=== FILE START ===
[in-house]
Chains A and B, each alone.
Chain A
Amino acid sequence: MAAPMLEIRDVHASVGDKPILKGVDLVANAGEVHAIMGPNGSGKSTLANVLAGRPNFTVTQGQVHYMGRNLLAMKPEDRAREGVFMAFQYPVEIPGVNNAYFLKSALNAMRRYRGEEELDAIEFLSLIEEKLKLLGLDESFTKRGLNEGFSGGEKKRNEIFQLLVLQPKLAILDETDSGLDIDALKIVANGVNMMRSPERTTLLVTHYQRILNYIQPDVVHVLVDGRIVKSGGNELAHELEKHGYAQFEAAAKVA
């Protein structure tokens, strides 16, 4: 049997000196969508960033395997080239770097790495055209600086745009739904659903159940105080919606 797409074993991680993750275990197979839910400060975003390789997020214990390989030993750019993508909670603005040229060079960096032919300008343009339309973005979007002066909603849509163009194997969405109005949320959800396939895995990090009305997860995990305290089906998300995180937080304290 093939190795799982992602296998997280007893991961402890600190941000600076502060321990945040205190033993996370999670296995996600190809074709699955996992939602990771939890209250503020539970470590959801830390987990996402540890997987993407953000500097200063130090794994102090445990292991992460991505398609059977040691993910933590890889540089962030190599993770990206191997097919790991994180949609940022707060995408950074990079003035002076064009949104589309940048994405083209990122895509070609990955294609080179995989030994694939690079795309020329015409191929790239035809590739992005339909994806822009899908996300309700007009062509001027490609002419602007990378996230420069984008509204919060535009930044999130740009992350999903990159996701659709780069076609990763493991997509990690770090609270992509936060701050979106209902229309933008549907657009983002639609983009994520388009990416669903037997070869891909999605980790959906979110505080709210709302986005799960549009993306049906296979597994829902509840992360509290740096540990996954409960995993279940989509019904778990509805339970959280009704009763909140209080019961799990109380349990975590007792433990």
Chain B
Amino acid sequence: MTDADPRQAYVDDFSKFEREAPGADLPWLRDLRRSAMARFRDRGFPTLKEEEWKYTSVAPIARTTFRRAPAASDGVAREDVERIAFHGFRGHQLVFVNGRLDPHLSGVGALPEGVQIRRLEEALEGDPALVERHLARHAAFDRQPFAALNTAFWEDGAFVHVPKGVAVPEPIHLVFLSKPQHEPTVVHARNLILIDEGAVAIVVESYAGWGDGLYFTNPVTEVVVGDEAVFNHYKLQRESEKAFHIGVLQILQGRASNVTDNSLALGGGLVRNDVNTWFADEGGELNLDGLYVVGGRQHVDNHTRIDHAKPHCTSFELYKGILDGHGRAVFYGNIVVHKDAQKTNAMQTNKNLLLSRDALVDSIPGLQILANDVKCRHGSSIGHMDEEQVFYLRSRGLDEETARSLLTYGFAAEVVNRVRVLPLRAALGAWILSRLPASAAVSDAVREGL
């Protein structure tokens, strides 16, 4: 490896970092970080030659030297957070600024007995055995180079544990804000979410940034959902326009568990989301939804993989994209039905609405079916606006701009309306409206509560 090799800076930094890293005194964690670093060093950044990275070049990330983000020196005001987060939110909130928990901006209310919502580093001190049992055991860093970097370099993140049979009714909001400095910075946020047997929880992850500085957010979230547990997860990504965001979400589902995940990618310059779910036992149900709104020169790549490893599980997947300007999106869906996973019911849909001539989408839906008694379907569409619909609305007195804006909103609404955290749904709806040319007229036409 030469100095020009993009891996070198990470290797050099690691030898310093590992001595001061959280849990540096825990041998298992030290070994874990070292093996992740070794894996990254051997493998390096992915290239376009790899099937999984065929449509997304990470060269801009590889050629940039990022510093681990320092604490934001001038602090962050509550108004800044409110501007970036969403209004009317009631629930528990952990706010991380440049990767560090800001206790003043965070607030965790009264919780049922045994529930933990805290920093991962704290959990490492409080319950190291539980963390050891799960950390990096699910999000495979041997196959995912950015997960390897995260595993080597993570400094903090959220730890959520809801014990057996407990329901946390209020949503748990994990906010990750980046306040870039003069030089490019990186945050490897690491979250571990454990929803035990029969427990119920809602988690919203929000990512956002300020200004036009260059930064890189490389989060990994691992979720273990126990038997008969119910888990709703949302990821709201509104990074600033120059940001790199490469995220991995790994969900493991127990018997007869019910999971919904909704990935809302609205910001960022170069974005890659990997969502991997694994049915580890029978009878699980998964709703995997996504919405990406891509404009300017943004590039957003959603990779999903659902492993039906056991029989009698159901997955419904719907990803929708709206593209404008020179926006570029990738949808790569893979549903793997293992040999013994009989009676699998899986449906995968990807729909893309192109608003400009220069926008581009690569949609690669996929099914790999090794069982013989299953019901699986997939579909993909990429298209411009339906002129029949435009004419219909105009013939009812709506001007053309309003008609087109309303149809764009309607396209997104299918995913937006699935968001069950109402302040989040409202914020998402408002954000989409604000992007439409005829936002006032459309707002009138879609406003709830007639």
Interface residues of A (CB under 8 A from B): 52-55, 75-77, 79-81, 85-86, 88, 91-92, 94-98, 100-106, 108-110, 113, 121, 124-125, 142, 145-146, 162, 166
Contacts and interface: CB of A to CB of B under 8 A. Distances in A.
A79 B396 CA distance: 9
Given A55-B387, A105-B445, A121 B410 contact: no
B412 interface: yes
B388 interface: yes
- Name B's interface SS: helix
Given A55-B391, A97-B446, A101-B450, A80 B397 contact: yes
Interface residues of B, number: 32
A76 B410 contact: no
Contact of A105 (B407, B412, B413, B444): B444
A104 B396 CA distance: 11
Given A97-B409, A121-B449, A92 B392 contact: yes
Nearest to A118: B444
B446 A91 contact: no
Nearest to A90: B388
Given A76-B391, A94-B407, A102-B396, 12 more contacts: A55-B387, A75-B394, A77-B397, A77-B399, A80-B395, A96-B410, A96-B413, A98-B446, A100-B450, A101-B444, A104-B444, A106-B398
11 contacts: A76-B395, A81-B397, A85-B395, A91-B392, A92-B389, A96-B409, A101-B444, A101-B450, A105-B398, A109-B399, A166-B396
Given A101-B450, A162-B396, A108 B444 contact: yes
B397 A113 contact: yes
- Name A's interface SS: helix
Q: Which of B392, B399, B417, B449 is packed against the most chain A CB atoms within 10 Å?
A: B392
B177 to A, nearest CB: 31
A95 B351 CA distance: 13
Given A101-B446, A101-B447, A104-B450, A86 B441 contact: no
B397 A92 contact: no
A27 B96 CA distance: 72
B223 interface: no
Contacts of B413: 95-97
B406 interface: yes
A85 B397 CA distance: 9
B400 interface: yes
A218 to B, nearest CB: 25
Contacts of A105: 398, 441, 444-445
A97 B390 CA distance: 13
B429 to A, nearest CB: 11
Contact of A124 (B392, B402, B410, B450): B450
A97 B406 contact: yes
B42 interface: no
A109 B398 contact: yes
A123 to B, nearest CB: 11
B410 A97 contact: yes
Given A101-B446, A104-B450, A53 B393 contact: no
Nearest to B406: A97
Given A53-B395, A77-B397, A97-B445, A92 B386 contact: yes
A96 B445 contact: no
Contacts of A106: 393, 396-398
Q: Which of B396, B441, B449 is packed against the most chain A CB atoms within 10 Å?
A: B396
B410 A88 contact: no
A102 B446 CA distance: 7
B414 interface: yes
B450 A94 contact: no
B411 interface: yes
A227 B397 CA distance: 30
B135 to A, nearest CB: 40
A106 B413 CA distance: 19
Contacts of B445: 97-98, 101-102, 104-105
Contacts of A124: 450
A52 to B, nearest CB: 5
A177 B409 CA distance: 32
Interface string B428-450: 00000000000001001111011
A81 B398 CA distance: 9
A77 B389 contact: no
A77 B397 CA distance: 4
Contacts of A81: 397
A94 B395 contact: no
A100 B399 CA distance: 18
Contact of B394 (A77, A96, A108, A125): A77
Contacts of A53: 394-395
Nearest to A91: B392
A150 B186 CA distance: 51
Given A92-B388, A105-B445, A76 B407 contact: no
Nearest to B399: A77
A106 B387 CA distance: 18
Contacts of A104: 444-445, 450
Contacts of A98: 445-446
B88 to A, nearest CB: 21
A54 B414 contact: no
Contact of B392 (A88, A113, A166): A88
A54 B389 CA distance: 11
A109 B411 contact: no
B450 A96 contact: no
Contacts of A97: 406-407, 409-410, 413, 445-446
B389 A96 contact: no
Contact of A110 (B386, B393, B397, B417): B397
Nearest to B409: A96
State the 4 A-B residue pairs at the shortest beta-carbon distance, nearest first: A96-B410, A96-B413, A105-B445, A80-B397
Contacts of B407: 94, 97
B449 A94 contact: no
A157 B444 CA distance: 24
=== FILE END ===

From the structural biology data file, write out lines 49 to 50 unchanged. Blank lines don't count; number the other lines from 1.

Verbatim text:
A109 B398 contact: yes
A123 to B, nearest CB: 11